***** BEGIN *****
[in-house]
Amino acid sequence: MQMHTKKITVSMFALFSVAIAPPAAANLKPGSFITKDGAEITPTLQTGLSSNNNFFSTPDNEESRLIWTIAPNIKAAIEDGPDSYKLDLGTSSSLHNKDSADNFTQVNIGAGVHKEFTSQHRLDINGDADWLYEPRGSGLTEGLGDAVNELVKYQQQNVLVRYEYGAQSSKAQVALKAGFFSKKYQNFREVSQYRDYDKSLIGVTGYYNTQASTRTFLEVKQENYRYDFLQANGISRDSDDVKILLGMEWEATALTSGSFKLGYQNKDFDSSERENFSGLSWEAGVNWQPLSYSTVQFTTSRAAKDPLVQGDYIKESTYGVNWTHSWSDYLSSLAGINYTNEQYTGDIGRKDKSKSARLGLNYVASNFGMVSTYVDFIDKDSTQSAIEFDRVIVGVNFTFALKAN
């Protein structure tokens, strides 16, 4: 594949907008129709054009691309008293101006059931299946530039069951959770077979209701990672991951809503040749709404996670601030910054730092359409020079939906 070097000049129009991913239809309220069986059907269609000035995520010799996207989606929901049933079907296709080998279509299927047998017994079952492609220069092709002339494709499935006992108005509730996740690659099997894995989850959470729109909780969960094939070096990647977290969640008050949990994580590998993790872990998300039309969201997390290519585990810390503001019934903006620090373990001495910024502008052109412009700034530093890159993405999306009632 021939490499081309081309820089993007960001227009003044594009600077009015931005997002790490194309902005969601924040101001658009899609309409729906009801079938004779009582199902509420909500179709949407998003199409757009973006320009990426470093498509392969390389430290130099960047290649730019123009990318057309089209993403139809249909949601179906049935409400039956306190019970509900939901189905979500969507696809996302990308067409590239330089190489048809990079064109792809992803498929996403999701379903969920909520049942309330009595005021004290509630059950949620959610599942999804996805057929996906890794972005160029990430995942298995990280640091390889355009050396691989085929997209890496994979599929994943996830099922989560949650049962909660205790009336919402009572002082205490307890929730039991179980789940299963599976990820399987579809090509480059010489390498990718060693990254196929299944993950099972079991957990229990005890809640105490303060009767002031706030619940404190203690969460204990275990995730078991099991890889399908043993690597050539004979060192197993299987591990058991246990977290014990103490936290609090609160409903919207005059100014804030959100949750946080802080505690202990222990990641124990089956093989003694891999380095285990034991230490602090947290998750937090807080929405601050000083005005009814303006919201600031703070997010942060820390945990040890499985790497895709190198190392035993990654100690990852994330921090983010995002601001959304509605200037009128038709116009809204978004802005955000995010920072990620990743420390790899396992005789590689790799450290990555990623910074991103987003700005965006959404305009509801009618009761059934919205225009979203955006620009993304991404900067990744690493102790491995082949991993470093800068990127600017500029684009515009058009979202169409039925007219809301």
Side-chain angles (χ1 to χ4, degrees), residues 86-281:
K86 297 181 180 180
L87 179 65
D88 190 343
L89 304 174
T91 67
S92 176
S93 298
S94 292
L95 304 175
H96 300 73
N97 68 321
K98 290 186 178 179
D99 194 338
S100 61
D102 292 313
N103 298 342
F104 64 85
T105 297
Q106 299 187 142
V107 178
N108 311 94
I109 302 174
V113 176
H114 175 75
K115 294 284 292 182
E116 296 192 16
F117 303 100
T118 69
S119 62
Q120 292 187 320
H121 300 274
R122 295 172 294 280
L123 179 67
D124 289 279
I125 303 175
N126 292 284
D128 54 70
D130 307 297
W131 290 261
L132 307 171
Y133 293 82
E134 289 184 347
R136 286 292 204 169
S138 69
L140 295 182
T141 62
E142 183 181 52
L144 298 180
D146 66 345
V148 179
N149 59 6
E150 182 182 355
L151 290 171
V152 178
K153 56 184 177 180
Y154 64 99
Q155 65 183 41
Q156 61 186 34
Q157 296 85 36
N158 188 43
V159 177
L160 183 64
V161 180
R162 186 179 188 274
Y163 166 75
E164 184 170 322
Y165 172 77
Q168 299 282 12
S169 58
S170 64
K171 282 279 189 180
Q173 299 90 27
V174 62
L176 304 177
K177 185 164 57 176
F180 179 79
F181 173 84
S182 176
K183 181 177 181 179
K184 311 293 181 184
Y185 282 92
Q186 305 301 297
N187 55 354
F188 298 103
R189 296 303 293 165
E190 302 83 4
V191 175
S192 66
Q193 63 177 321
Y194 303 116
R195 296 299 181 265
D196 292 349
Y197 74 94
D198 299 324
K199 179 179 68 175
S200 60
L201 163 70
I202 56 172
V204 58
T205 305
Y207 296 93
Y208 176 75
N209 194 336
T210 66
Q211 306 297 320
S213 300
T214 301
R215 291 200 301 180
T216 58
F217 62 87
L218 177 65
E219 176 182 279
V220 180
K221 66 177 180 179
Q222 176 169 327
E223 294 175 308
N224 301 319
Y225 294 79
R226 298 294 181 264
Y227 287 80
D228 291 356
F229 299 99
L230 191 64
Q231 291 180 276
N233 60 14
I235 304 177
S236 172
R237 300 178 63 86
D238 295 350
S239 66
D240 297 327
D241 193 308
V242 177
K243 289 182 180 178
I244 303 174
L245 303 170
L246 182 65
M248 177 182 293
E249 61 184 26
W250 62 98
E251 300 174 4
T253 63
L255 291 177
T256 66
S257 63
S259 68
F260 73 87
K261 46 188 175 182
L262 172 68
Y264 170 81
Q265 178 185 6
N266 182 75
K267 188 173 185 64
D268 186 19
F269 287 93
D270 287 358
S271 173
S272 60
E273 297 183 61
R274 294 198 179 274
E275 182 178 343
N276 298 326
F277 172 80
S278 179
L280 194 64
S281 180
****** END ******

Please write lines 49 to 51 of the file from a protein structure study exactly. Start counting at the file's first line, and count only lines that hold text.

L140 295 182
T141 62
E142 183 181 52